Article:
By Joseph Wade
The current land debate in South Africa has particular resonance for Indigenous KhoiSan peoples. We agree that the redistribution of resources in contemporary South Africa is an imperative question. The pace of change since the official end of apartheid has been slow, and it is important that questions around a fairer way of living in this country are understood. As a people, we welcome that the unresolved issues of land redistribution are back on the national agenda with new urgency.
In these times, we as the Cobuqua people wonder what these discussions mean for our communities, who for many centuries before the arrival of the Europeans were stewards of this land, from which we drew our livelihoods. Concepts such as private property and individual ownership are peculiarly European imports that have expanded across the world through colonisation, when otherwise we were accustomed to collective management of resources shared amongst ourselves. The gradual appropriation of these territories by violence and by repression rendered many South Africans destitute and dependent on an alien economy to survive, with our people being the earliest victims of this loss.
While the rate of white ownership of land across South Africa remains disproportionately concentrated, statistics would suggest that on average for KhoiSan people who became part of the Coloured community in apartheid South Africa, access to land has improved. But regional breakdowns suggest that in areas where traditional governance still holds sway – KwaZulu Natal, and in the Eastern Cape where our territories as the Cobuqua people still lie – the redistribution of land has not favoured us at all, in comparison to others. Traditional leaders in these regions are already jockeying for positions of power in this political climate, by saying that land should be turned over to them in trust as part of any process of expropriation. For KhoiSan people living in areas of traditional governance, where our own land rights are not recognised, we fear that such a process would only deepen our alienation and dispossession.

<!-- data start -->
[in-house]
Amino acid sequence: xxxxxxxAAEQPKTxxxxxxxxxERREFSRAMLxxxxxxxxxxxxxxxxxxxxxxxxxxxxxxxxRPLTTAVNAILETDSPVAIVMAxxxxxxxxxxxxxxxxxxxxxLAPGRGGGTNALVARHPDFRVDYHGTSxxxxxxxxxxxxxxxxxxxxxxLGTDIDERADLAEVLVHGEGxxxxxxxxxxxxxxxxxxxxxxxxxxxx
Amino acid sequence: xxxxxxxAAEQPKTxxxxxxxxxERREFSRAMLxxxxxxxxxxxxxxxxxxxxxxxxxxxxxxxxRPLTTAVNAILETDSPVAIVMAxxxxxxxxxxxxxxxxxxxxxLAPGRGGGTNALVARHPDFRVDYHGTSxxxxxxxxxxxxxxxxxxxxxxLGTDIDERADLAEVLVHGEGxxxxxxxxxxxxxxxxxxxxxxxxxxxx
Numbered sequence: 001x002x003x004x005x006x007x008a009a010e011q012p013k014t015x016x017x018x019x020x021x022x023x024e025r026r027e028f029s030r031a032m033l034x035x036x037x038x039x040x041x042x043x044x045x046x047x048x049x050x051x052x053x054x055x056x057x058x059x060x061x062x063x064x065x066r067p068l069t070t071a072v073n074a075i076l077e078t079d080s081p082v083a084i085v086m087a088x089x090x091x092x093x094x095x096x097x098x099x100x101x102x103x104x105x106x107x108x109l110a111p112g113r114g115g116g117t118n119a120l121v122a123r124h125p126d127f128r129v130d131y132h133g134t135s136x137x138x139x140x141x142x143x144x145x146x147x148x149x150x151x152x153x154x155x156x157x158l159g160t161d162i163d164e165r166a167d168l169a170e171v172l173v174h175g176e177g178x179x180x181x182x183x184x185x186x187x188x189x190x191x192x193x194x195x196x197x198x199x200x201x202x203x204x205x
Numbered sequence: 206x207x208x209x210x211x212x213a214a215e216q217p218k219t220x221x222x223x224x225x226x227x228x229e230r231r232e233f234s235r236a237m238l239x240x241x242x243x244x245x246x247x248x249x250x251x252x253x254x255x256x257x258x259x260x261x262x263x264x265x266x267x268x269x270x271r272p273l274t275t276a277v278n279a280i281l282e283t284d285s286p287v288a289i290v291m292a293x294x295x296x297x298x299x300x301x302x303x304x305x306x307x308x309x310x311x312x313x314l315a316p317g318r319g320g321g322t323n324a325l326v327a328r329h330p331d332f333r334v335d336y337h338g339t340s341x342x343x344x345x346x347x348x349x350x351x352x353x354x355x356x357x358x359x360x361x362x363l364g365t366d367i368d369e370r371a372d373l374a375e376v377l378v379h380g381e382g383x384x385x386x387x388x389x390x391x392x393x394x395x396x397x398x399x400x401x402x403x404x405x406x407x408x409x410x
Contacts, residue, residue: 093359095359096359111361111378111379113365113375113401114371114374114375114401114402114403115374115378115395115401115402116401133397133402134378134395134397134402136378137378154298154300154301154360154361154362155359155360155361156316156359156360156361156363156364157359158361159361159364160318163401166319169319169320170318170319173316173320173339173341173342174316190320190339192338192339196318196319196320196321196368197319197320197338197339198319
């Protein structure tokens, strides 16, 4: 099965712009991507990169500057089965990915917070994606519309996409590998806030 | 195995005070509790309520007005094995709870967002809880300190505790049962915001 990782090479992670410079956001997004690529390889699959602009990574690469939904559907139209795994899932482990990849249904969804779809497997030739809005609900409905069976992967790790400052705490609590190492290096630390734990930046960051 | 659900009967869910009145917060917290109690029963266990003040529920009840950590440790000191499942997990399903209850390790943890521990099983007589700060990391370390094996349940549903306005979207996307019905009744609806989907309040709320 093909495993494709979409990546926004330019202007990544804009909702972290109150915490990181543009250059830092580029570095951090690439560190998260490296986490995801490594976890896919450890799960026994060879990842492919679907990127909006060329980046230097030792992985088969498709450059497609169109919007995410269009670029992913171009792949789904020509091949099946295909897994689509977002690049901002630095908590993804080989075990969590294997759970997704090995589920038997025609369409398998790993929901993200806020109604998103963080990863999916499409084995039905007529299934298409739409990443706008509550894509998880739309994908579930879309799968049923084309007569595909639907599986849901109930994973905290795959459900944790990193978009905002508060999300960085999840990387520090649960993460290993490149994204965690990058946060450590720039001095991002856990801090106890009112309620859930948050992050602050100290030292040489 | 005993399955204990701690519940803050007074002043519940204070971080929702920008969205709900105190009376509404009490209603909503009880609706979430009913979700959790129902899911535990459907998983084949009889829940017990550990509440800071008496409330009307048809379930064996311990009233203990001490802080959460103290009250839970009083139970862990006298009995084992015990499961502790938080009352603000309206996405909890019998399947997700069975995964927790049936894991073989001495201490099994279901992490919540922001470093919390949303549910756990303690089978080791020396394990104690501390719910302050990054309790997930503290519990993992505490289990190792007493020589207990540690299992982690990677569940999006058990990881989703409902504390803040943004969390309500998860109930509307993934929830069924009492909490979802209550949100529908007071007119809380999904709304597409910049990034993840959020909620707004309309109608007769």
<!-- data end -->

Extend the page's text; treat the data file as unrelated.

We will not be passive pawns in other people’s games. In assemblies, in the media, in political fora, KhoiSan people are already challenging the simplistic analysis of land questions in South Africa. As a community, we are beginning to ask for our rightful place in this country. But we also bear in mind that our call for a just land reform for South Africa stems from a recognition that from land comes livelihood. We have been dispossessed of this role for many generations now, and we include all South Africans who have had their right to an independent livelihood expropriated from them over the generations in this quest for protecting our most valuable resource.
For us to come together as South Africans, we need to look dispassionately at the details of our history of living together in this country, and at the nuance at the layers of history that have unfolded on this land. The Cobuqua have walked the territory along the eastern shores of this country from time immemorial. Our dispossession from it has lasted centuries. Our economic plight continues to deepen in contemporary South Africa. Only an honest reckoning of our right to have a livelihood from our land will be appropriate redress.
We thus embrace the recent call for a National KhoiSan Federation. The proposal asserts the need for a strong collective voice of KhoiSan peoples to speak truth to power and to assert the will of the people. It speaks to how land issues, economic disparities, and indigenous rights have not been taken seriously by government to date.
A national federation of all KhoiSan peoples addresses the need for oppressed peoples to organize against those who have exploited us, and stripped us of our lands. We urge you to raise your voices, and to work for change. Accompany us in our journey with the Democratic Federation of KhoiSan Peoples to create a better future for us, and for our land.